NEW PORT RICHEY — Their shots, long and accurate, demonstrated more than golfing prowess. They were a testament to competitive will power.
Players who have overcome amputations to excel at the game they love gathered over the weekend at Seven Springs Country Club for the Southern Amputee Golf Association's championship.
"The main thing is that this is a bunch of friends getting together and playing golf," tournament organizer Mike Hudson said. "The venue is a big part of getting people to come out and Seven Springs is a great place to have this event. It's not a long golf course but it's a tough course that takes some thought to do well on. Even some of our better players have had trouble out here."
Hudson, 63, has taken it upon himself to promote the game of golf within the amputee community. Having gone through his entire life without a right arm, he is uniquely aware of the challenges of this sport.
"It's tough because people suffer from a lack of confidence and think they can't do things," Hudson said. "Back in the '70s, I got started because the national champion lived in Clearwater. When you see people do this and you realize what other people are doing that are the same as you, it encourages you to stop sitting on the couch thinking you can't do things."
The National Amputee Golf Association has been in existence since 1954 and is divided into five regions across the United States.
What started as four amputee World War II veterans playing golf together quickly turned into regional tournament play and has grown into an organization with more than 2,500 members. The golfers participate in several events per year that take place all around the country.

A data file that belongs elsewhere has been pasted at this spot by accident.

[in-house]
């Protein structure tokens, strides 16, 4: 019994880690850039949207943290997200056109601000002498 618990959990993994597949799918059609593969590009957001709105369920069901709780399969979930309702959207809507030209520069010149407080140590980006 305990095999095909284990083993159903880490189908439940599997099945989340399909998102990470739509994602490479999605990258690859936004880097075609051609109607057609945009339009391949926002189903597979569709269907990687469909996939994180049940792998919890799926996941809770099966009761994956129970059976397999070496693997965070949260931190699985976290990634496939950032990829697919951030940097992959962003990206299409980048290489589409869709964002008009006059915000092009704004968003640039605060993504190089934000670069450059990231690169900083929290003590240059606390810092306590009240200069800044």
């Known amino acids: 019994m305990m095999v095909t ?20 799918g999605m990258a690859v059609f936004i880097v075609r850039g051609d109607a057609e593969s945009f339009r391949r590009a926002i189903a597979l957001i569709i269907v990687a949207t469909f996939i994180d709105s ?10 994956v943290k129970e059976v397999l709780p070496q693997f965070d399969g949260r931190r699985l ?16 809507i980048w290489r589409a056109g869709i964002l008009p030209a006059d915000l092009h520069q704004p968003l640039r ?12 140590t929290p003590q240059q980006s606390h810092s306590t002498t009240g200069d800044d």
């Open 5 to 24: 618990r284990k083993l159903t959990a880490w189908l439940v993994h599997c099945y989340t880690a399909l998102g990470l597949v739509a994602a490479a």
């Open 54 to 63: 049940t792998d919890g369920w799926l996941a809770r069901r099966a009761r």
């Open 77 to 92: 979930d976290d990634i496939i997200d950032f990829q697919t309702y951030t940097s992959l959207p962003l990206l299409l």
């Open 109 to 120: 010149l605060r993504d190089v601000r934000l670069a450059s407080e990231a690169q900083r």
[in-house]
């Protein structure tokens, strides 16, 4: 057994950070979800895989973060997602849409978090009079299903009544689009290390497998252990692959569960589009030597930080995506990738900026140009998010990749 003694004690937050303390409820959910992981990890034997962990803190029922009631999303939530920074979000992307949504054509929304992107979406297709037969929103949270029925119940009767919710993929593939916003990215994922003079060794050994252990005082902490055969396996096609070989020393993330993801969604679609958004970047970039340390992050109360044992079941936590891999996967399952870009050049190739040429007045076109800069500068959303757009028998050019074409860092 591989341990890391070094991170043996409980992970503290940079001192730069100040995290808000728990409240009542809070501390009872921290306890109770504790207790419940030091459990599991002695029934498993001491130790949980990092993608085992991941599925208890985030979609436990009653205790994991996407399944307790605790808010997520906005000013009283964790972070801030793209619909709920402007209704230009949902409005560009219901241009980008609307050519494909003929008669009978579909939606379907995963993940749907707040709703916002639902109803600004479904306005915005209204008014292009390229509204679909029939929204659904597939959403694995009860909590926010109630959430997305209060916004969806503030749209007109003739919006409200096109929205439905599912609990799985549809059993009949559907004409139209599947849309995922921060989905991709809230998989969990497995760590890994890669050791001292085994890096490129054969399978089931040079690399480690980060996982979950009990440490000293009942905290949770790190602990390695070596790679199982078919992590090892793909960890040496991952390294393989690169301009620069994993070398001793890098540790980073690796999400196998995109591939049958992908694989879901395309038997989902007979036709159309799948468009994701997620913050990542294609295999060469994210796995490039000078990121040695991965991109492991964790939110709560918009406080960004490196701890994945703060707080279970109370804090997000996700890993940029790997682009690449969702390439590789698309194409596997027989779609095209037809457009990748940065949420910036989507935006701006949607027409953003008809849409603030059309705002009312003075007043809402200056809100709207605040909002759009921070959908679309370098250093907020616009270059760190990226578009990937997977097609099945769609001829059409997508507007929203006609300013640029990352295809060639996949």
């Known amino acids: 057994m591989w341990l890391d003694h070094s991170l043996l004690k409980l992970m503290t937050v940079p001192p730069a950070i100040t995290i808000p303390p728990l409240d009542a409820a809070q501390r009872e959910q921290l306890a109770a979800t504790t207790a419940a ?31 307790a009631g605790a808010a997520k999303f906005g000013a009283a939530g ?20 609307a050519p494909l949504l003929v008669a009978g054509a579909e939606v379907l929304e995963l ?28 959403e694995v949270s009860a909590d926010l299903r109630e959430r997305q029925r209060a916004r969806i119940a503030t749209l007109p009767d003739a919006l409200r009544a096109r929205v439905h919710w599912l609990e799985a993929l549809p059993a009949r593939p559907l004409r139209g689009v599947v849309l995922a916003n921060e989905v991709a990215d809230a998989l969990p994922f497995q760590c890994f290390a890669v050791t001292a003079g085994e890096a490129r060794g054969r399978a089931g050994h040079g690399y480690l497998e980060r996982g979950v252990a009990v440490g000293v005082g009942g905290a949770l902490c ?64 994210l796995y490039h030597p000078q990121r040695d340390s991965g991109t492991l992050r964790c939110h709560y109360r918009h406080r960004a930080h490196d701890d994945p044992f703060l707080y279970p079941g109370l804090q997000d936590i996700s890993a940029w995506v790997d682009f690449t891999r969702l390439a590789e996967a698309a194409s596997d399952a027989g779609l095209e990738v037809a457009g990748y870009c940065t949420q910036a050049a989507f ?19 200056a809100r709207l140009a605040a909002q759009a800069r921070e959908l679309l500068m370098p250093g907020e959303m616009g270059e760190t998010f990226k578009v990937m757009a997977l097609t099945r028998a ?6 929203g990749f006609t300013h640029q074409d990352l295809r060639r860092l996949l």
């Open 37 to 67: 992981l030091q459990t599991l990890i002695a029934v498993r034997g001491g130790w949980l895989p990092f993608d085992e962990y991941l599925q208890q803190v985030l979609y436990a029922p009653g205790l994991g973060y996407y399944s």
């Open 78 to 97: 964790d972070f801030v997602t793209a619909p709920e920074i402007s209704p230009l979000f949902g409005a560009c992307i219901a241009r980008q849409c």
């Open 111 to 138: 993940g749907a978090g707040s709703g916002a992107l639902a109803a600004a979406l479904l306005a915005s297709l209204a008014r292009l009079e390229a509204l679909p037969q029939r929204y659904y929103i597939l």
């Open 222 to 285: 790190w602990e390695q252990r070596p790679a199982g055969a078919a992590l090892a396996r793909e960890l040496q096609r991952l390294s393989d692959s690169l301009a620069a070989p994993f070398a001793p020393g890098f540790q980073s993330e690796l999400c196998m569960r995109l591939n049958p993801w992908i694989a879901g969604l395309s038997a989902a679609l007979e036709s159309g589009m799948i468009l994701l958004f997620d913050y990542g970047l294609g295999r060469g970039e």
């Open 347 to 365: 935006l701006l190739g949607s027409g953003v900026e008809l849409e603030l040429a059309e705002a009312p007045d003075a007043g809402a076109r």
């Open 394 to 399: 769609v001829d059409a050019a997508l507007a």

Many amputees at the tournaments see the events as a chance to meet other people that share their situation.
Dan Cox, 55, had to have his leg amputated 16 years ago after suffering from pain caused by a broken leg sustained while playing basketball when he was 18 years old. The leg never healed properly, and as a result, Cox had to have it amputated.
He says he draws inspiration from other golfers at these tournaments.
"The best part of all this is the camaraderie," Cox said. "You're around others that have overcome similar obstacles as you. As an amputee you don't run into a lot of people in your neighborhood that are fellow amputees. You come out here and meet guys that are missing an arm and a leg and it just blows your mind."
In the interest of speed and aiding the golfers, a staff of volunteers from the Seven Springs community watched over the tournament.
"It's very humbling to see these guys," said volunteer Shirley Mobley, 59. "You go out and you can complain about your own golf game but then you see what these guys are going through and it amazes you that they're such good hitters."
David Rice can be reached at [email protected]